4. Two Huantiao (the points just behind the side hip bones) must be rolled back and out; these are also acupuncture points.

5. The distance between the upper inner thighs (dang) is the same width at the front of the inner thighs as at the back of the inner thighs. For example, if one assumes a toe-in hour glass stance, the distance at the rear of the inner thigh is greater than at the front. If one tucks the hip forward, the distance at the front of the inner thighs is greater than at the rear of the inner thighs. In Yang style Tai Ji they say they put the whole body on two legs, and the Chen style of Tai Ji explains this by saying it is like taking a seat or a sitting position while standing. The upper inner thighs should have a shape like an upside down letter "U" and not like an upside down letter "V."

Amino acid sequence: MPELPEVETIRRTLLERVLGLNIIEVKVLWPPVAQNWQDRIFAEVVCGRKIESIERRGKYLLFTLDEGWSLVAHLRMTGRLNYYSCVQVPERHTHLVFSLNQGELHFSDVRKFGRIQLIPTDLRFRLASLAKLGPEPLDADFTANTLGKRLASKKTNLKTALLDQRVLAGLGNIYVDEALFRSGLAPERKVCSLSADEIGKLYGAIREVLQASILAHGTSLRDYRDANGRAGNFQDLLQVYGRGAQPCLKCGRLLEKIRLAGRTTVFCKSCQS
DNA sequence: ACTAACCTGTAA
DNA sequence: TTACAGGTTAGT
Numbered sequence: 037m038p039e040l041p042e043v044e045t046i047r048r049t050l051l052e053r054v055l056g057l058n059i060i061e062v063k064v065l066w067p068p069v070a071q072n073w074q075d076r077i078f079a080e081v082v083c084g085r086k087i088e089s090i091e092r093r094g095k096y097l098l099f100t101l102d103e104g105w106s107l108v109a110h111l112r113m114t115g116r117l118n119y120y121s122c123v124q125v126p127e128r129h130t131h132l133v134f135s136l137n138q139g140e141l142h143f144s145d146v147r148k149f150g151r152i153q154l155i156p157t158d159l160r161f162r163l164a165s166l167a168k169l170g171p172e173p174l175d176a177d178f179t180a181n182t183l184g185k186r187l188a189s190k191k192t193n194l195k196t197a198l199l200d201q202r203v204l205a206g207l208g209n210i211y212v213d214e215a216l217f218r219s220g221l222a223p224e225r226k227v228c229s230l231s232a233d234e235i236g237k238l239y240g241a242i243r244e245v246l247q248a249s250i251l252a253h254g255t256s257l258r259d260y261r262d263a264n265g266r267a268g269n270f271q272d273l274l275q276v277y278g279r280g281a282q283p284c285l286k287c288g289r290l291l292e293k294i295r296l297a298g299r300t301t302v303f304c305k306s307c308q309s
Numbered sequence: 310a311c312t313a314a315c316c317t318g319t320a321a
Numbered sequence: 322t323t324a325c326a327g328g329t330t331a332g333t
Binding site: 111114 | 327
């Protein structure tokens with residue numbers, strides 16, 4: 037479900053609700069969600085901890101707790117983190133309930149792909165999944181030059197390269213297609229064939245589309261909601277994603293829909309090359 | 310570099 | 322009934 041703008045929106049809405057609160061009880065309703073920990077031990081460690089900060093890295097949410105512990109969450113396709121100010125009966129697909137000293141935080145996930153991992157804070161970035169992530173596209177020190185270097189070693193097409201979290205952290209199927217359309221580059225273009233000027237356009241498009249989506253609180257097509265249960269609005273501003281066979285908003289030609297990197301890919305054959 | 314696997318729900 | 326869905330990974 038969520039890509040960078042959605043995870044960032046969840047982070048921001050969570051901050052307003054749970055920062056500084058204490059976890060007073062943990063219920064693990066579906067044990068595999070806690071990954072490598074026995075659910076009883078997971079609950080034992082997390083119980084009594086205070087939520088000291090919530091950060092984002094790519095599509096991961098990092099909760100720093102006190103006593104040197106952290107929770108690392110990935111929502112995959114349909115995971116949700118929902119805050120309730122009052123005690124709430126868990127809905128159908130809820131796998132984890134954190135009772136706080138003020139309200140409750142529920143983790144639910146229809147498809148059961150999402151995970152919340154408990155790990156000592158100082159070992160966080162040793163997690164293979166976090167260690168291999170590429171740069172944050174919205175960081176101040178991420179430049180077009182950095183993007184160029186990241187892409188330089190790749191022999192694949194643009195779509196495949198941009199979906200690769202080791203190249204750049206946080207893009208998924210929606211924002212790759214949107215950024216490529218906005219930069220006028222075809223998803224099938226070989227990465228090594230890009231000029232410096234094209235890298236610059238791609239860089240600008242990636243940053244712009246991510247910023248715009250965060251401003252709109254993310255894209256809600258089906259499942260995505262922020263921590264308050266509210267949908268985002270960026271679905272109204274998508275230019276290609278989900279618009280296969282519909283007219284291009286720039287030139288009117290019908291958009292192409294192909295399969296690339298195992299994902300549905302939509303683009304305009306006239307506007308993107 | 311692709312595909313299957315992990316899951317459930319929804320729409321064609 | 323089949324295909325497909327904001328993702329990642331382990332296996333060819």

6. The acupuncture point called the Huiyin or perineum, as well as the anus, is internally pulled upward. This keeps the small heavenly circulation or the chi unblocked.

7. The "Wei Lu" refers to keeping the lower back straight during the posture or movement.

8. The entire body through to the legs must screw inward which will open the inner thighs. The knee should not be inward, but should be lined up straight with the foot's direction so that the power from the ground will not be broken. One will actually feel an outer pressure on the outside knee as the legs screw inward toward the ground.

9. The acupuncture point "Wei Zhong," located on the leg behind the center of the knee should always be strong. The knee will have to be bent and not kinked inward in order for this to be right.

10. Toes should grip the ground and the yong quan points (located just below the ball of the foot but just on the toe half of the foot) in the bottom of the feet become empty, which contributes to all movement and stability. The yong quan points are also known as the "bubbling well."